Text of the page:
Harry knows that Cornell, with its 4,000 employees in sixteen states, has had some disappointments. But on the conference call, he makes it sound as if that’s a mere detail. “We are going to grow this company,” Harry tells the analysts. Then, as if the greatest worry might be that Harry is going to throw in the towel, he adds, “We’re in it for the long term.”

Zachary, it turns out, has been thinking along different lines. When it’s his turn, he lets Harry know that he and his four colleagues at Pirate have come to a decision: They want the company sold, and Harry replaced. He’s run the numbers, which are eloquent—the effect on stock price could be a 50 percent gain. To Harry, that sounds like a “fire sale”—not to mention unemployment—and all because some out-of-town hedge fund is in a profit-taking mood. (Actually, half a dozen out-of-town hedge funds are circling Harry’s company.)

One afternoon, a stock blew up, and Loeb lost $20 million, “an inflection point” that required, he said, “intense reflection.” Then he bought more.

“I’m not trying to be an asshole,” Zachary explained, emphasis on the word trying. Still, he next tells Harry and everyone else on the phone that he’s launched a search for a new CEO. Pirate has flown in candidates. Zachary has interviewed them in Pirate’s conference room, with its view of the office mascot, a life-size wooden pirate.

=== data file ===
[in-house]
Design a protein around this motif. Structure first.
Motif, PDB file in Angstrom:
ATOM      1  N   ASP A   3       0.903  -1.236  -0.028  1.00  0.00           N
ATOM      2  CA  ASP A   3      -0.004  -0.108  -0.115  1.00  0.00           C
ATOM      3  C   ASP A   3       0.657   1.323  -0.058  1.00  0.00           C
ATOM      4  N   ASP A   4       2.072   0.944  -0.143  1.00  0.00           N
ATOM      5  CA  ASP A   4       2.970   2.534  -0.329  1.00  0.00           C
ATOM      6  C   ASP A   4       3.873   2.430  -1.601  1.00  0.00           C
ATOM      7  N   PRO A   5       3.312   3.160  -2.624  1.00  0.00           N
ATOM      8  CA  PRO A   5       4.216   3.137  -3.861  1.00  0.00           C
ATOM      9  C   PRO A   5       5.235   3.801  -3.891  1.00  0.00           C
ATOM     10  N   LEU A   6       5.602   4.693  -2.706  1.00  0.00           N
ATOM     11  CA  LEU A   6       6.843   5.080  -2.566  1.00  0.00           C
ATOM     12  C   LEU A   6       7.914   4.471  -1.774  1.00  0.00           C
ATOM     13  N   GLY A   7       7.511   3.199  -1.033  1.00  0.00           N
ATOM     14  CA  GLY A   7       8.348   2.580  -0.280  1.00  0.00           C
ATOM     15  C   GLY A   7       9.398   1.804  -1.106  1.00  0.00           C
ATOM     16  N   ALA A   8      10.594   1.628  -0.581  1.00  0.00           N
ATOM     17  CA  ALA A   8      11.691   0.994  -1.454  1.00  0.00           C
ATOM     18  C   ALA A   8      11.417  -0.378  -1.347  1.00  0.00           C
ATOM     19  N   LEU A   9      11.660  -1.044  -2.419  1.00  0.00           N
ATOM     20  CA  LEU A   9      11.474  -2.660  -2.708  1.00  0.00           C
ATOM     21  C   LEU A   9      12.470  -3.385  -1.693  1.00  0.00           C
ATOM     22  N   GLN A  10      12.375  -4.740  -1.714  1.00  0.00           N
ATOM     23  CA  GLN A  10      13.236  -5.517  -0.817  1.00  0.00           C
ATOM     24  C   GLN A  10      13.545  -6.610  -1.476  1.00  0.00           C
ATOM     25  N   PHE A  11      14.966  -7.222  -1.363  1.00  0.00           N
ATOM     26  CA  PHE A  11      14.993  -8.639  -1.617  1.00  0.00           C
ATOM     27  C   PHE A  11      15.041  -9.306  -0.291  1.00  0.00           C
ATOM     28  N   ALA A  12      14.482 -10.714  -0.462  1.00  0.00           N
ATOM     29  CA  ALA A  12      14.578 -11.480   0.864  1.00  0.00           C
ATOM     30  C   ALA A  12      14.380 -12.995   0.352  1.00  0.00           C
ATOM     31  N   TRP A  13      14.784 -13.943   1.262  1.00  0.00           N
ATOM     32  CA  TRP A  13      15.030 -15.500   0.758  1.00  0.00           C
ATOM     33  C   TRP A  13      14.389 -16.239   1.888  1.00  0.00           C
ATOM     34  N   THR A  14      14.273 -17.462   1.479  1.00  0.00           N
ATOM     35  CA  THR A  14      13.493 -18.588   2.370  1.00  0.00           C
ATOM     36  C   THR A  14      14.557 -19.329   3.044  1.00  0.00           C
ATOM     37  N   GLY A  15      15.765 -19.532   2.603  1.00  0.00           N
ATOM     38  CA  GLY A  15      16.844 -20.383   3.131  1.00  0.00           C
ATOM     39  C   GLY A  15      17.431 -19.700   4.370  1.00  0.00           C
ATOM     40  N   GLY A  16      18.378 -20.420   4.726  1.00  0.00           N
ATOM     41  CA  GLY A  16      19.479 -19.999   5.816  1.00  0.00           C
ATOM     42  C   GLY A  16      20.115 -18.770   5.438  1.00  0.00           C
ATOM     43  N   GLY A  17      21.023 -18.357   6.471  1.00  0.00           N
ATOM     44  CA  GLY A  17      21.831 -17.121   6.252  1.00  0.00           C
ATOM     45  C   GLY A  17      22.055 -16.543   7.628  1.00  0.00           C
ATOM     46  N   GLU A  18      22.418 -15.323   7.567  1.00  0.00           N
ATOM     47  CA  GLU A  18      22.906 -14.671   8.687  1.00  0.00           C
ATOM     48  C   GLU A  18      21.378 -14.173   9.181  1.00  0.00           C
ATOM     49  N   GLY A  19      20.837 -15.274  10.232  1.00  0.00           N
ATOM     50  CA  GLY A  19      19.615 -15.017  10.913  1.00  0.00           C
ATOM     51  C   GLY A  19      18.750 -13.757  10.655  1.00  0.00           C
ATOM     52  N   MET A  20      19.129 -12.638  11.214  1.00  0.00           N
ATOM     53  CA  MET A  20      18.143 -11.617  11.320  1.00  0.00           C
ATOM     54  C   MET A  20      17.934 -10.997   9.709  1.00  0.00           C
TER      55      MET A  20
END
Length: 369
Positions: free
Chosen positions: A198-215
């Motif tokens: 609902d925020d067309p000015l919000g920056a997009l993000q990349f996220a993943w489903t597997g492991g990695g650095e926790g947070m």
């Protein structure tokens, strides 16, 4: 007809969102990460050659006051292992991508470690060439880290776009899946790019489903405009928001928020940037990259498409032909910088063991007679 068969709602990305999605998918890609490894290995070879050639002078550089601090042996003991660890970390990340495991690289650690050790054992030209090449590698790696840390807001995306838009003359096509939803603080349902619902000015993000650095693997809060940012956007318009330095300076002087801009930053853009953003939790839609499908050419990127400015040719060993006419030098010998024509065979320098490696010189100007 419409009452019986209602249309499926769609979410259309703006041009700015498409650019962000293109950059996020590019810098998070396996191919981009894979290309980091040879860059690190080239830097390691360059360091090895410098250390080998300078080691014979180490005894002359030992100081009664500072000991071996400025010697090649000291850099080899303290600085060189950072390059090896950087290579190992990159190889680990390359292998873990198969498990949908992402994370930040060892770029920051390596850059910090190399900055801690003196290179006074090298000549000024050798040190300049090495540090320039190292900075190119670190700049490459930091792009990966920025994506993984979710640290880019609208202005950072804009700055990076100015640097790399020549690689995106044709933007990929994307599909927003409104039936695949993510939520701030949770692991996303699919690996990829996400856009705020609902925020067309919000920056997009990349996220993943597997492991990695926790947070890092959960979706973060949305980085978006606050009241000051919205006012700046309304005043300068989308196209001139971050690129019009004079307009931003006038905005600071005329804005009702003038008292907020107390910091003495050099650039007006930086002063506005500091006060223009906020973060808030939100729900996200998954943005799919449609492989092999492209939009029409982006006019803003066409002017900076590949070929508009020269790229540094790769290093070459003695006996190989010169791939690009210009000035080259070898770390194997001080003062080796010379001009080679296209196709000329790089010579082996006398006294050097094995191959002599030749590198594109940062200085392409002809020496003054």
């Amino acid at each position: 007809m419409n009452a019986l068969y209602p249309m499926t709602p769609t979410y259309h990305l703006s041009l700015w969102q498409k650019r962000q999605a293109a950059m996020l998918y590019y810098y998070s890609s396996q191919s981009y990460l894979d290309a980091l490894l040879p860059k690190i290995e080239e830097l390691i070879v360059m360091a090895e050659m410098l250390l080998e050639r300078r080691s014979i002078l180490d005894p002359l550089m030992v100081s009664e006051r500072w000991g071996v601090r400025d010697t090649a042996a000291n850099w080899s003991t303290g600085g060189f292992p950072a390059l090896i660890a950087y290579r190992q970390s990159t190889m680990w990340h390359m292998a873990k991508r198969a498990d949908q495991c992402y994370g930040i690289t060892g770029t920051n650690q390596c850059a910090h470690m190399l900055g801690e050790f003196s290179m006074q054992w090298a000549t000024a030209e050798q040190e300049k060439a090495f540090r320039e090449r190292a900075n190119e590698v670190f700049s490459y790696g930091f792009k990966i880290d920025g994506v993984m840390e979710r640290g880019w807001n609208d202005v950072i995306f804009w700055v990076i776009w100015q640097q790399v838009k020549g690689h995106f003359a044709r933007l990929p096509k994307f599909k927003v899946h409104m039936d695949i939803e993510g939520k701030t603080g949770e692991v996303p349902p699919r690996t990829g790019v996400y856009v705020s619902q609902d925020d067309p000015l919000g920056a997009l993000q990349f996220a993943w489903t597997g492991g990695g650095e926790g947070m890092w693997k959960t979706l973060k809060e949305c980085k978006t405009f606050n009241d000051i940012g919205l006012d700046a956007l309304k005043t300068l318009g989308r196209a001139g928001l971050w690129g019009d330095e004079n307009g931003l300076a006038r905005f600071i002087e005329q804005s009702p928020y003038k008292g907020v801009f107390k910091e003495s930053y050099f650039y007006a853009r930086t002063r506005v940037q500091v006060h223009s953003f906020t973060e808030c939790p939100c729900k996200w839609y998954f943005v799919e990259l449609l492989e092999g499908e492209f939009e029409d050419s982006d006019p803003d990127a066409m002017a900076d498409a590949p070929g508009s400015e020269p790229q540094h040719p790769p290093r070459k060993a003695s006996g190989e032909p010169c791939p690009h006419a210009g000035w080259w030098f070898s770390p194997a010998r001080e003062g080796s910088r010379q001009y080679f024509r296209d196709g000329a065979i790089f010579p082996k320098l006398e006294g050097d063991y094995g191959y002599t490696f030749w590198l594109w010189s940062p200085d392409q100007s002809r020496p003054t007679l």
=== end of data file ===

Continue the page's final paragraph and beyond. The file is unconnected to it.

And so, concluding, Zachary leans into the phone and says, “Next year we’re going to be here, and you won’t.”

In the past few years, running a few hundred million dollars for a hedge fund—and taking tens of millions for yourself—has become the going Wall Street dream. And this high-risk, high-return trading game has lured plenty of dreamers. Nowadays, people like Zach—young, aggressive, impatient—seem to be all over. There are currently about 7,000 hedge funds, 95 percent of which didn’t exist ten years ago. Not that anyone knows exact numbers. In addition to being arrogant and insular, they’re also clandestine. “A guy can control a $5 billion fund, and you have no idea who he is,” explains one observer.